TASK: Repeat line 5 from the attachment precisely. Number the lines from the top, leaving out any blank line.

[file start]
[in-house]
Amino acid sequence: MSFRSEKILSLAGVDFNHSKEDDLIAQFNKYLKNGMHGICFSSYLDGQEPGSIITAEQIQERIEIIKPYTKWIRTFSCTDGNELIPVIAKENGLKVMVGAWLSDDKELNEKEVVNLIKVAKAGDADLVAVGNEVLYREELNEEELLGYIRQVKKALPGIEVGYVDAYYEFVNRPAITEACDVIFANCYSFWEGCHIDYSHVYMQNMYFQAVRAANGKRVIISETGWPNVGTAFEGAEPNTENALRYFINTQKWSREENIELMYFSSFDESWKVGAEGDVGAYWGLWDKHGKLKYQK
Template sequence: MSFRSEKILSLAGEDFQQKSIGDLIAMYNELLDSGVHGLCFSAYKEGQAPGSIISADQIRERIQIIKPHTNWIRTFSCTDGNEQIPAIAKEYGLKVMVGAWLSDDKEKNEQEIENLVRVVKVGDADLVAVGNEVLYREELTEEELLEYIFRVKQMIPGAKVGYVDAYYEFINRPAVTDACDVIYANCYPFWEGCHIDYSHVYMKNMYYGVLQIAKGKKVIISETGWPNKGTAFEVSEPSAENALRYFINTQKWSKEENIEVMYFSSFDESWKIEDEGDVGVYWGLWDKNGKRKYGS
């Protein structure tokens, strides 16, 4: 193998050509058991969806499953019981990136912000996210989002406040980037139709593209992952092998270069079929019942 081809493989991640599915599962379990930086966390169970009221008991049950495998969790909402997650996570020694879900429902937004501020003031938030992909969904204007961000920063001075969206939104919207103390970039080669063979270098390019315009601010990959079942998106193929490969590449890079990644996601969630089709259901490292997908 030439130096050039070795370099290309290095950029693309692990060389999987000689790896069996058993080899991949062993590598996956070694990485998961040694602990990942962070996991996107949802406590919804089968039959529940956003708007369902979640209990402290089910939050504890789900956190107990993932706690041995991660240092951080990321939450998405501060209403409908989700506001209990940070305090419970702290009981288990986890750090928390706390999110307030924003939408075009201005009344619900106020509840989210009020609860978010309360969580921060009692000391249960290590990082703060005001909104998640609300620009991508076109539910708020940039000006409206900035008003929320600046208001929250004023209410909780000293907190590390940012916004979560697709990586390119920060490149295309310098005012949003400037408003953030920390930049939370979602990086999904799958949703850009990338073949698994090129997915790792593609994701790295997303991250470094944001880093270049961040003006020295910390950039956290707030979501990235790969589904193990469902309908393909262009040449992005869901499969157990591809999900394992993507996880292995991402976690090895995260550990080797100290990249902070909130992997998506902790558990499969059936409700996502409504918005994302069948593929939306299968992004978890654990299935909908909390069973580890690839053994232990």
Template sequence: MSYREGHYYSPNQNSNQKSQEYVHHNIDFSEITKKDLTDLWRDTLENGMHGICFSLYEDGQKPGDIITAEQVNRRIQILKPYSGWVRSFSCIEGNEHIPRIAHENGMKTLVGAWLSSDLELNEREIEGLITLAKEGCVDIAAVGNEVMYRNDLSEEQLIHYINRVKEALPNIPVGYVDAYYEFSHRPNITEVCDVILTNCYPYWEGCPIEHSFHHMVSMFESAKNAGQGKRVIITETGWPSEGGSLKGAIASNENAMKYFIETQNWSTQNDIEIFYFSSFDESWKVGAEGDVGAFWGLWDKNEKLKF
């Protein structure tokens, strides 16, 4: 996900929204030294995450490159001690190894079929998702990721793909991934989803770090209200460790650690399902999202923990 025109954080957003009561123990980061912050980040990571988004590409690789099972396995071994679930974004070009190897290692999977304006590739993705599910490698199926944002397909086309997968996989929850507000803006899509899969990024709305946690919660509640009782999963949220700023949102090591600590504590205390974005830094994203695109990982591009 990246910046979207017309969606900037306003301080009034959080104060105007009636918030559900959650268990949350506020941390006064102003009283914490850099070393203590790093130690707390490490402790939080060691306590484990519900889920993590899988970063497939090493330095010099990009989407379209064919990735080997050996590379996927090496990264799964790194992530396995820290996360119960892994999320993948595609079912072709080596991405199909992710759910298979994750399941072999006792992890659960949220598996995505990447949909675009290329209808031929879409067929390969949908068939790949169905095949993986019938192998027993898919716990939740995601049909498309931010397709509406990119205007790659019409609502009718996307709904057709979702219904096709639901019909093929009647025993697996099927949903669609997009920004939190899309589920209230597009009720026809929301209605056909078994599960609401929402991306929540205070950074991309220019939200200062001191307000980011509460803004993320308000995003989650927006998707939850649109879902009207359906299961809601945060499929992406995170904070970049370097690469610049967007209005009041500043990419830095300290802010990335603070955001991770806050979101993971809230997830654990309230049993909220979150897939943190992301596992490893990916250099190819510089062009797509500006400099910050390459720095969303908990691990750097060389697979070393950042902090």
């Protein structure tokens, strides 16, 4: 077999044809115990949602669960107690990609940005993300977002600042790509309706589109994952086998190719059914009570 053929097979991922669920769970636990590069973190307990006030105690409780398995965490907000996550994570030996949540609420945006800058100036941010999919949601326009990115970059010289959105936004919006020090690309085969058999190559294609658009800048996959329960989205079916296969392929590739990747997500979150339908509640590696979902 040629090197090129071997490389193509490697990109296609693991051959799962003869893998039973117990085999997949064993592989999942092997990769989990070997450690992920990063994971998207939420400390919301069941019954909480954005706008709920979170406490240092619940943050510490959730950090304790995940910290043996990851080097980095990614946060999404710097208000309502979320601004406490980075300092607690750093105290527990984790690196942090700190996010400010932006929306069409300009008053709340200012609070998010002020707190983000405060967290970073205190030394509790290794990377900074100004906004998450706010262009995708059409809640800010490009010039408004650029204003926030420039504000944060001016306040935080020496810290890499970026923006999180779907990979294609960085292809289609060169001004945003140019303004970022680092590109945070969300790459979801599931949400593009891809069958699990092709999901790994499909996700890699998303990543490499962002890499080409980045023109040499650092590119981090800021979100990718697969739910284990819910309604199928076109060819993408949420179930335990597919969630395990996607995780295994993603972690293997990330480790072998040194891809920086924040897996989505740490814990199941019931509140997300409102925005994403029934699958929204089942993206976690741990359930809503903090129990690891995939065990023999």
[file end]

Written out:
Template sequence: MSYREGHYYSPNQNSNQKSQEYVHHNIDFSEITKKDLTDLWRDTLENGMHGICFSLYEDGQKPGDIITAEQVNRRIQILKPYSGWVRSFSCIEGNEHIPRIAHENGMKTLVGAWLSSDLELNEREIEGLITLAKEGCVDIAAVGNEVMYRNDLSEEQLIHYINRVKEALPNIPVGYVDAYYEFSHRPNITEVCDVILTNCYPYWEGCPIEHSFHHMVSMFESAKNAGQGKRVIITETGWPSEGGSLKGAIASNENAMKYFIETQNWSTQNDIEIFYFSSFDESWKVGAEGDVGAFWGLWDKNEKLKF